Author: Shefali Luthr
In 2018, opioid overdoses claimed about 47,000 American lives. Last year, federal authorities reported that 5.4 million middle and high school students vaped. And just two months ago, about 2,800 cases of vaping-associated lung injuries resulted in hospitalizations; 68 people died.
Until mid-March, these numbers commanded attention. But as the coronavirus death toll climbs and the economic costs of attempting to control its spread wreak havoc, the public health focus is now dramatically different.
It is creating a distinctly American problem, said Dr. Nora Volkow, who heads the National Institute on Drug Abuse.
Volkow spoke with Kaiser Health News about the emerging science around COVID-19’s relationship to vaping and to opioid use disorder, as well as how these underlying epidemics could increase people’s risks. Her remarks have been edited for length and clarity.
Q: We’ve already been experiencing two epidemics at once — vaping and the opioid crisis — and now we’re in the midst of a third. Does that change the nature of addressing the coronavirus in the United States?
It makes a different kind of situation than we see abroad. It forces us as a country to be urgently multitasking, to focus on the urgent needs of COVID while not ignoring the other epidemics devastating America. That’s certainly challenging.
Q: What is the evidence around the relationship between vaping and the coronavirus?
Because of the recency, there’s no data to show if there are differences in outcomes between people who vape and people who do not vape. There’s no reported scientific evidence. We will start seeing it.
We know from all the cases of acute lung injury that vaping, particularly certain combinations of chemicals that were related to vaping of THC, actually led to death. The cause of death was pulmonary dysfunction. We know from animal experiments that vaping itself — not even giving any drugs with it — can produce inflammatory changes in the lung.
We already know for COVID that, with comorbid conditions — particularly those that affect the lungs, the heart, the immune system — [patients] are more likely to have negative outcomes.
One can predict an association. In the meantime, because of the data that already exist, we should be very cautious. The prudent thing is to strongly advise individuals who are vaping to stop.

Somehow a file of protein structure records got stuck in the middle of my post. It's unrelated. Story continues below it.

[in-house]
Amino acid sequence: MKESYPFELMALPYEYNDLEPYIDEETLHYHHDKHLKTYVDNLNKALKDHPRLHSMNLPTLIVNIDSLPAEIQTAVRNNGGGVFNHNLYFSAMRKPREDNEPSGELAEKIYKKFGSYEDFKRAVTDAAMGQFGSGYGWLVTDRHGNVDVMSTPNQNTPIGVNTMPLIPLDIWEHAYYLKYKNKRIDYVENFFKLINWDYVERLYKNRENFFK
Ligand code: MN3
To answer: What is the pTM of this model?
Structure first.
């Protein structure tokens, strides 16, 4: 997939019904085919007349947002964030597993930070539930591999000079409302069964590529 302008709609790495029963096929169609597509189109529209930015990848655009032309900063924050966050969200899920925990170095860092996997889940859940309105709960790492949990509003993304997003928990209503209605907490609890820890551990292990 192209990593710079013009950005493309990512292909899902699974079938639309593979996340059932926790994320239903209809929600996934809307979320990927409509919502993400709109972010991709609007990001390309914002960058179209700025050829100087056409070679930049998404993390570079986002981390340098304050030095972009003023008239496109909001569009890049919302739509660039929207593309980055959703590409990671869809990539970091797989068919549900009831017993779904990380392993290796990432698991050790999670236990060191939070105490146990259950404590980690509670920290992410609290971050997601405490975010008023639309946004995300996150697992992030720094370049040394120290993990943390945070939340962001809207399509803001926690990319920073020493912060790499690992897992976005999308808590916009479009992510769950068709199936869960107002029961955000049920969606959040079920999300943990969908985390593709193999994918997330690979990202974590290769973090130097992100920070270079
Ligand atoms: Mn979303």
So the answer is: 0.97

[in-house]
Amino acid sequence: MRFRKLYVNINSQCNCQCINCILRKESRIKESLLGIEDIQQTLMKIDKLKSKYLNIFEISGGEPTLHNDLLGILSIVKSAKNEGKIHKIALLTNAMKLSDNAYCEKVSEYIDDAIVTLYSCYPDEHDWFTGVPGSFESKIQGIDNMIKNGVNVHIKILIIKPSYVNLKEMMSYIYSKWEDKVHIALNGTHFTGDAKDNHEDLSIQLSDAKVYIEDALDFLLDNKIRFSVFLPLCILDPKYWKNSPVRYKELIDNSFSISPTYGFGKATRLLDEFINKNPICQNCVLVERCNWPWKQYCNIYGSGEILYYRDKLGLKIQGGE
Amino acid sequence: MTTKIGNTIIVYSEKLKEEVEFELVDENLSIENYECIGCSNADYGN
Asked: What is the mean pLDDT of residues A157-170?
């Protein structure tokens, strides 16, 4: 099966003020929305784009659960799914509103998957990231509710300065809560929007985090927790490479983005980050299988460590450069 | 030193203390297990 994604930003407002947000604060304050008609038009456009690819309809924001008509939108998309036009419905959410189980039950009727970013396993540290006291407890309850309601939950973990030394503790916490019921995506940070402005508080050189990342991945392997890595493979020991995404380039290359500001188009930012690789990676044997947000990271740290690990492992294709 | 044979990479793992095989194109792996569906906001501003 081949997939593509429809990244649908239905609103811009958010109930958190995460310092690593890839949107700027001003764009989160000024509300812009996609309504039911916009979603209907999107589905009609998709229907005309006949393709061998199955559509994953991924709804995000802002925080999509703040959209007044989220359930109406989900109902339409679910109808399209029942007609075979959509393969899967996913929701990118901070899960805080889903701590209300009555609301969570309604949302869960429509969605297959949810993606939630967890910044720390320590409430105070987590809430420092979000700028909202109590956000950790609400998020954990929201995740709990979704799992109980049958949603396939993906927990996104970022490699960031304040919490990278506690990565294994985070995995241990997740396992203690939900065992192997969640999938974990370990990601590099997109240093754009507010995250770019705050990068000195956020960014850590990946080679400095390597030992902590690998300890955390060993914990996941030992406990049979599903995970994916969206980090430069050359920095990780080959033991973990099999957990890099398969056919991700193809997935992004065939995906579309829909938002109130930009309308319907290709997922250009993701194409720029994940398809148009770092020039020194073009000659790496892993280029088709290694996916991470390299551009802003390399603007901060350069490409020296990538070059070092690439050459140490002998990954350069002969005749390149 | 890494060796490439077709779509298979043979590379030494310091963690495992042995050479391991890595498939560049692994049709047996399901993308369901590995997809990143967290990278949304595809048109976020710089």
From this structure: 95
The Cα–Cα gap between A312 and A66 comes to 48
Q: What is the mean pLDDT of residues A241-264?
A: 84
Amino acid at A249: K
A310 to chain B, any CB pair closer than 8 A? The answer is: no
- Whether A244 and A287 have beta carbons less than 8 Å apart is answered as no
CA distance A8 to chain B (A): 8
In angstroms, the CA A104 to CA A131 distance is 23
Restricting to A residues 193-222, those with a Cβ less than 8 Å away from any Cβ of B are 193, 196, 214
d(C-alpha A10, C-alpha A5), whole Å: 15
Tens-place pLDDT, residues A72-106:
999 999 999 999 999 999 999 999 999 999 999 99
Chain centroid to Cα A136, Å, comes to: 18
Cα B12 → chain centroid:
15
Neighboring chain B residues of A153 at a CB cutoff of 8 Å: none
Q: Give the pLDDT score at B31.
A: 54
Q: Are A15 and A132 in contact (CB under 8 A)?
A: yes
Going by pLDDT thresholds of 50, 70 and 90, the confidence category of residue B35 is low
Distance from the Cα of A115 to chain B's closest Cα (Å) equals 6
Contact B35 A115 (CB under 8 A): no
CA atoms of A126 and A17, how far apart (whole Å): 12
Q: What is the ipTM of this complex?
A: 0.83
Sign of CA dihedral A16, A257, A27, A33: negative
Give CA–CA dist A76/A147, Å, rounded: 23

Q: Young people so far appear to have lower risks of COVID complications. Does vaping change that?
We know there have been fatalities among young people. One very important area of research is to try to understand the specific vulnerabilities among young people.
Why would you want to risk it when you already know vaping produces inflammatory changes in the lungs? We know in medicine, a tissue that has suffered harm is more vulnerable.
The big centers where you are observing the rise in COVID-19 cases, that’s where you are more likely to see the comorbidity of vaping.
It’s young people that are mostly vaping, but also older people, many of whom otherwise would be smoking tobacco. [Smoking] also raises the risk. Even though the samples have not been large enough, overall, smokers have done worse than nonsmokers when they have COVID.
Q: Let’s talk about opioid use disorder. What kind of comorbidities are we starting to see between opioid use disorder and COVID-19?
People who have opioid use disorder are also likely to be smokers. Smoking itself increases harm to your lungs.
We do know that opioids actually are immunosuppressants. This has been extensively studied. Nicotine also can disrupt immunity and actually impair the capacity of the cell to respond to viral infections.
One of the things opioids do is they depress your respiration. If it’s severe enough, they stop breathing. That’s what leads to death.
Whether you overdose or not, when you are taking opioids, the frequency of your breathing is down, and the oxygen in your blood tends to be lower.
The [COVID] infection targets the respiratory tissues in the lungs. It interferes with the capacity to transfer oxygen into the blood.
If you get COVID and you are taking opioids, the physiological consequences are going to be much worse. You’re not only going to have the effects of the virus itself, but you’ll have the depressive effects of opioids in the respiratory system [and] in the brain that lead to much less circulation in the lungs.
Q: What about other supports for people in recovery?
Community support systems like syringe exchange programs are closing. Methadone clinics are closing. If they’re not closing, they’re unable to process the same number of patients — because the staff is getting sick or the place where the methadone clinic was does not allow for so many people. Public transportation is not available for people to attend their methadone clinics.
We’re also hearing from our investigators they have observed a significant reduction in the capacity of the health care system to initiate people on medication for opioid use disorder — especially buprenorphine. Many of the buprenorphine initiations were done in health care facilities that are saturated with COVID.
Q: What’s happening to address those problems?
If in the past, if you were a physician or a nurse practitioner and you wanted to initiate someone on buprenorphine, the laws were that you needed to see that person physically. That’s changed. It’s now possible you can initiate someone on buprenorphine through telehealth. That’s incredibly valuable.
There’s extended reimbursement for telehealth, which expands access to treatment. There are also apps that have been created that provide individuals who have addiction [access] to mentors or coaches, as well as access to therapies and group therapies.
That is one of the aspects that has actually been accelerated by the COVID crisis. These may facilitate treatment into the future, even when COVID’s no longer there.